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doubt private method

venkataraman muthuvel
Greenhorn

Joined: Jan 28, 2004
Posts: 22
hi all

my code:

class Base{
private void amethod(int iBase){
System.out.println("Base.amethod");
}
}

class Over extends Base{
public static void main(String argv[]){
Over o = new Over();
int iBase=0;
o.amethod(iBase);
}

public void amethod(int iOver){
System.out.println("Over.amethod");
}
}

This code compile & run fine and output is "Over.amethod" .

my doubt is private method how do overitten any one explain above code .

Thanks & regards

venkat
Dan T
Ranch Hand

Joined: Jun 15, 2004
Posts: 66
im not sure if i understand your question correctly,
but we are allowed to override a superclass method given that we did not make the access more restrictive.

in your case,

class Base{
private void amethod(int iBase){
System.out.println("Base.amethod");
}
}


it is private, so methods that override amethod can have any access level, since private is the most restricitve. Therefore, in your class Over, a public access would definitely work, but not vice versa.

Hope this helps.
Jeroen Wenting
Ranch Hand

Joined: Oct 12, 2000
Posts: 5093
english learn language first.

try to post in correct English for people to understand your questions (and learning proper English will help you understand the answers better too).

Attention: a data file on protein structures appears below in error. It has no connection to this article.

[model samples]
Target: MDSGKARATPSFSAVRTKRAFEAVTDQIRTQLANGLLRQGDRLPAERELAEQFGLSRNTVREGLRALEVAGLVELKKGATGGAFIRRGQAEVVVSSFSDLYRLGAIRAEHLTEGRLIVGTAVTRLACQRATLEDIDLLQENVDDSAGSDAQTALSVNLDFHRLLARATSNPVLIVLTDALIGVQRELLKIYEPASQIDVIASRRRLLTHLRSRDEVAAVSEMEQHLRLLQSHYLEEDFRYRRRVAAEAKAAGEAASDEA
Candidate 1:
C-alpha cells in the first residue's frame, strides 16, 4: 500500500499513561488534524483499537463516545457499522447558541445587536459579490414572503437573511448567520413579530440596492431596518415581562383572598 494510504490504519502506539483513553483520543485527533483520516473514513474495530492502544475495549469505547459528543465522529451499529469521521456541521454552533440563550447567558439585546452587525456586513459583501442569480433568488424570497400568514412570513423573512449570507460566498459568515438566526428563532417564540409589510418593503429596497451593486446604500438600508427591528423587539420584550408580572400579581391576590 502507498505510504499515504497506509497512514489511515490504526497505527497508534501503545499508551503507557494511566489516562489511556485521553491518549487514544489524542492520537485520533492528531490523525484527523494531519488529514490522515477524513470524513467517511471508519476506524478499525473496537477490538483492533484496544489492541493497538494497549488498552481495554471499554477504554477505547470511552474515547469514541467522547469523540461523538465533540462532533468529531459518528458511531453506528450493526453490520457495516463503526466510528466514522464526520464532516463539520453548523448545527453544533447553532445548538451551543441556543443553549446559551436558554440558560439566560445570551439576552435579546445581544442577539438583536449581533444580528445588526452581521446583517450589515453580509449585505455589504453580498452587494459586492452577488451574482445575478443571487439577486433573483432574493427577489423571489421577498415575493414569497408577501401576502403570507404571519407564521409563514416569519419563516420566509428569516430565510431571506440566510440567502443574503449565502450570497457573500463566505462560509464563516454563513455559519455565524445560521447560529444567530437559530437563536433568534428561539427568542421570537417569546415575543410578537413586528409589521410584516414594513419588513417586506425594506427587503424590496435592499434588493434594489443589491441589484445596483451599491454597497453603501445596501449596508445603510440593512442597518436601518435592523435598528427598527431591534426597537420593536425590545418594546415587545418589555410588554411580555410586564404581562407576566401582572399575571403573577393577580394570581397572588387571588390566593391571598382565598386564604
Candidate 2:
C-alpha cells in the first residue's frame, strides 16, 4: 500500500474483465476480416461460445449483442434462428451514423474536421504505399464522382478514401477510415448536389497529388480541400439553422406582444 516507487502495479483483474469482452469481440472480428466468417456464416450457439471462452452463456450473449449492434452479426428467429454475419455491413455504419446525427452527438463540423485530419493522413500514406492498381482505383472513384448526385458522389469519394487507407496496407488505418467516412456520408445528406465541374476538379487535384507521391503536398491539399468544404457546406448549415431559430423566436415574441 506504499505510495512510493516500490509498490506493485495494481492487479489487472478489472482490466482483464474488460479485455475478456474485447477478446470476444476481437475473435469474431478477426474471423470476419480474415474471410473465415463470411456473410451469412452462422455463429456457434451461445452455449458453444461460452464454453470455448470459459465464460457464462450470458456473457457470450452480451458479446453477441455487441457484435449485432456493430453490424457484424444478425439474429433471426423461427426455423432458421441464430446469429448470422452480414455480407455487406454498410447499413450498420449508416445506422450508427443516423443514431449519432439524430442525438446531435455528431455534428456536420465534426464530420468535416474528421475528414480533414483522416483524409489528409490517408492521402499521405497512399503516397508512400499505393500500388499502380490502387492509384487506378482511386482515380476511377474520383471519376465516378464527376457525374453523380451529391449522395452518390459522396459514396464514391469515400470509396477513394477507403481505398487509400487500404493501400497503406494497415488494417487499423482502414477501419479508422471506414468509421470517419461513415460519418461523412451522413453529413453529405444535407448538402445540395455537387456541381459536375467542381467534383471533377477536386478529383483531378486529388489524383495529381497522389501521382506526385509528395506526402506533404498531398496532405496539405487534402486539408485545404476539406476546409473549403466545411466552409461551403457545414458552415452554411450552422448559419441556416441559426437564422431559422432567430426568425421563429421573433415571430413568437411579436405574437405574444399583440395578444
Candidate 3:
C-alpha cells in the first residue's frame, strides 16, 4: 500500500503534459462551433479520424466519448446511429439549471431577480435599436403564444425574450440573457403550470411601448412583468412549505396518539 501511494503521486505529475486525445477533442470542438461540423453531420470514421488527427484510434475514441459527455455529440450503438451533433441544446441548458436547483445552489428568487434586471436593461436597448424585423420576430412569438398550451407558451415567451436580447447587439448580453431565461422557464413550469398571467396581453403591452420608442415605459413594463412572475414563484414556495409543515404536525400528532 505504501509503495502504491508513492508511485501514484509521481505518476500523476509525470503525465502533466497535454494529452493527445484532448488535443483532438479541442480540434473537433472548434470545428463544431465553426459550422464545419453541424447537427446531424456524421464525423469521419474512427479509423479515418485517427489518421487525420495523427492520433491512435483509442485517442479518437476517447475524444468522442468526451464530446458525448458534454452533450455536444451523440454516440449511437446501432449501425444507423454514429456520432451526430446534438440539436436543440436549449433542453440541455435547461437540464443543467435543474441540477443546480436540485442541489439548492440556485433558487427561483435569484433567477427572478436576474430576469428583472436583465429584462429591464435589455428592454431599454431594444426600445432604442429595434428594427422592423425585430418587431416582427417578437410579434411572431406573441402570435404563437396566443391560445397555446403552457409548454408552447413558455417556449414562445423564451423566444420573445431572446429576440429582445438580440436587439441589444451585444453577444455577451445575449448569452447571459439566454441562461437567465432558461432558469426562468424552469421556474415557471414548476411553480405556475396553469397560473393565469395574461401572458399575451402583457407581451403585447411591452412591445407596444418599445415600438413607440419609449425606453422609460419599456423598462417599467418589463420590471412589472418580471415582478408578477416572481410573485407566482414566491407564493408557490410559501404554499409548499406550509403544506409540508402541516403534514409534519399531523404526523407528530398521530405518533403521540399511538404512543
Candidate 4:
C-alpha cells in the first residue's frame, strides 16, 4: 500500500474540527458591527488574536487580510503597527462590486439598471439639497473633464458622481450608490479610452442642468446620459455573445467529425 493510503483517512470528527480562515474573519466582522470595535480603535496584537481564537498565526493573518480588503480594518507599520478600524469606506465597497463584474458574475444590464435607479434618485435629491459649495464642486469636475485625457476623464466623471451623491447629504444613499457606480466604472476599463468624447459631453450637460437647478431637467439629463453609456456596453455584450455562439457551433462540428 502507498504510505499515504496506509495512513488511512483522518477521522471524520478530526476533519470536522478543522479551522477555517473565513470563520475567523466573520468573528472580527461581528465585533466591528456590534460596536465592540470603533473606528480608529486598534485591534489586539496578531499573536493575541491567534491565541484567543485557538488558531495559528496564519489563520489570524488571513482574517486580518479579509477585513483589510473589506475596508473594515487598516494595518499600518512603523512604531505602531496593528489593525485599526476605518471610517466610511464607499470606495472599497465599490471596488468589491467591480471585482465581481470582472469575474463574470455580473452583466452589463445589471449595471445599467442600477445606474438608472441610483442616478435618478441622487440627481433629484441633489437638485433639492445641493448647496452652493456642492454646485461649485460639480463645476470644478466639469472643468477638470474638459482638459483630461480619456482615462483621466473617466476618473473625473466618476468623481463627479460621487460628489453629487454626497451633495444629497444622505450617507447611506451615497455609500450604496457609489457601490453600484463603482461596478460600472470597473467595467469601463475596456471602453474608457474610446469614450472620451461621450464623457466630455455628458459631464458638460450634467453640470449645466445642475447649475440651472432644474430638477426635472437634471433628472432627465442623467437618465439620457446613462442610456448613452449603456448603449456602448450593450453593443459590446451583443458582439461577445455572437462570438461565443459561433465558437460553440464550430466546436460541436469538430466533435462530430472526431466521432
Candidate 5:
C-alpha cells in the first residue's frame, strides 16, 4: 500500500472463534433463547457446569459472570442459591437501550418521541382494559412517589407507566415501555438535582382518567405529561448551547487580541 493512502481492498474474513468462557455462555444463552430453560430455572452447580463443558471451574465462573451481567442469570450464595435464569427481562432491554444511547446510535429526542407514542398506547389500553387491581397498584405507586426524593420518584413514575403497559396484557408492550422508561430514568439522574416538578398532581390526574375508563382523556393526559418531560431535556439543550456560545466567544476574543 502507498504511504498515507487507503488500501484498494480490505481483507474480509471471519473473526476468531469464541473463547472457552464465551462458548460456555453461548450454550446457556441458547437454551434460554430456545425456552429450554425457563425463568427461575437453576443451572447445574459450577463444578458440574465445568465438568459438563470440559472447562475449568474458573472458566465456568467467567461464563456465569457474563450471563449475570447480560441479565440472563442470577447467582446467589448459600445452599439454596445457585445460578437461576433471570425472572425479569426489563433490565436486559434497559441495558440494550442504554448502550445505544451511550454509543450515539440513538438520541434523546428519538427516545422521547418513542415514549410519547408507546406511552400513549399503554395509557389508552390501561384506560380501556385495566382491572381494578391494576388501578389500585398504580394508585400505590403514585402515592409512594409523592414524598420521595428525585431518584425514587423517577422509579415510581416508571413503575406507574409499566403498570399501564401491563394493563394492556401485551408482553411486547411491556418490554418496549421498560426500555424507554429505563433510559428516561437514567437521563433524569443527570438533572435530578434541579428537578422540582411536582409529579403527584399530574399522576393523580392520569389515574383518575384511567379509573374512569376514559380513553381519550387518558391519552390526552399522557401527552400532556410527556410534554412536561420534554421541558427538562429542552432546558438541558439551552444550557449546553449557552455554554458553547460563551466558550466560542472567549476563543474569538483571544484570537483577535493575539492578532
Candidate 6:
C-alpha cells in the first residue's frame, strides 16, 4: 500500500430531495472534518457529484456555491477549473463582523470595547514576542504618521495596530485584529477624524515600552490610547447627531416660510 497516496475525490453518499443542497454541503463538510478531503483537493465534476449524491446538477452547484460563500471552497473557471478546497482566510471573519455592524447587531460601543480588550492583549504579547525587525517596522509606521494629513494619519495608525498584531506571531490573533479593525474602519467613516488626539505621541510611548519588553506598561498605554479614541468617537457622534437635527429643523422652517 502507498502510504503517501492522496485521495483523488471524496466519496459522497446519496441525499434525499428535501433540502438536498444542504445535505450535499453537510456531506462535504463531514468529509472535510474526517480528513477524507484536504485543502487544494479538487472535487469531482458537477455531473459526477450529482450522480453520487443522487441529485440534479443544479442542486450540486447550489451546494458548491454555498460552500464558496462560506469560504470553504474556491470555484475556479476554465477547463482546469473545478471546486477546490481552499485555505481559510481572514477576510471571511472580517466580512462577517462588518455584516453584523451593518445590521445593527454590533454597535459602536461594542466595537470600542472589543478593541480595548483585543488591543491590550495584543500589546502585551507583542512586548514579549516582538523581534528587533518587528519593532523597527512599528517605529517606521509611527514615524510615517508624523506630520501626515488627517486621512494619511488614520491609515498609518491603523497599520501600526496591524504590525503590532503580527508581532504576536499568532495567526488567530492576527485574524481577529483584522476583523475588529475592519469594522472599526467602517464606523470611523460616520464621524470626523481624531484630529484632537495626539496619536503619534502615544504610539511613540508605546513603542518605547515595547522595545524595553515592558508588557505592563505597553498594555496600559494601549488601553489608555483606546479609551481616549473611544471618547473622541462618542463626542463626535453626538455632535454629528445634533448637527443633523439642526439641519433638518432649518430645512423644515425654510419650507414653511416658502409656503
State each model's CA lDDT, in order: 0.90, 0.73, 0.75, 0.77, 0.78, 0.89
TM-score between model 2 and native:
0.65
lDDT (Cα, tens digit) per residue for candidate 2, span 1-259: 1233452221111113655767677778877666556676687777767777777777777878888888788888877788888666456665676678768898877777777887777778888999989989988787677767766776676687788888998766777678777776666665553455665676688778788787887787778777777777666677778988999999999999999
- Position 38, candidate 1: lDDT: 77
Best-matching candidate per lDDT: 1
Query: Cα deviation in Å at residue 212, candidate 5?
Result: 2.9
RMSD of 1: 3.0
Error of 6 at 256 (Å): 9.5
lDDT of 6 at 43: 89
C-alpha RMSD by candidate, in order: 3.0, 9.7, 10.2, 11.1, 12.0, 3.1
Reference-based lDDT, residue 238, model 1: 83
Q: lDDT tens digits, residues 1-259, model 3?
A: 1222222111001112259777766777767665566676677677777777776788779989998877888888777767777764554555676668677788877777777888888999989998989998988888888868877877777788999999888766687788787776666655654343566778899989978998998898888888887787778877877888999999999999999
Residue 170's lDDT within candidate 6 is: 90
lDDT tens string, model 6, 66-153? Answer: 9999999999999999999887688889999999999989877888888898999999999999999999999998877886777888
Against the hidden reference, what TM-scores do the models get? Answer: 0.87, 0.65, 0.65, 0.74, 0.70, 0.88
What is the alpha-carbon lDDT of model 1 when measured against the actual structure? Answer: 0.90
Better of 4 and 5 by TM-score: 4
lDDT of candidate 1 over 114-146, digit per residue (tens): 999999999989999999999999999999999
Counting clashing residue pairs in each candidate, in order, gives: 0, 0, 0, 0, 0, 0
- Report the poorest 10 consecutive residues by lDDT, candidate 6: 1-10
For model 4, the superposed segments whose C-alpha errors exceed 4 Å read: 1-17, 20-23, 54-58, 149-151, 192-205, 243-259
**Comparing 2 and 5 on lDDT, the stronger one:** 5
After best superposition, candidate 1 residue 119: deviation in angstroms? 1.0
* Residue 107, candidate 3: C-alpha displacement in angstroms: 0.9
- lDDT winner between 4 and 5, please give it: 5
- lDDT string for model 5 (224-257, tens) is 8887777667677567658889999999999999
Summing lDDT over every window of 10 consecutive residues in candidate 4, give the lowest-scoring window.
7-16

Many of us are not native English speakers which makes it even more important to not write in pidgin.

I notice poor English is mainly exhibited here by people with Indian sounding names...


42
Corey McGlone
Ranch Hand

Joined: Dec 20, 2001
Posts: 3271
Originally posted by Ryan Wong:
im not sure if i understand your question correctly,
but we are allowed to override a superclass method given that we did not make the access more restrictive.


That's true, but that's not what is happening here. Private methods are not inherited and, therefore, they can not be overridden. Rather, as far as the subclass is concerned, private methods in the parent class don't even exist - they can't be accessed. That's why the subclass can define a method with the same signature. There's no naming conflict because the subclass doesn't realize that the superclass defined a method with that signature.

Take a look at this.


SCJP Tipline, etc.
 
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subject: doubt private method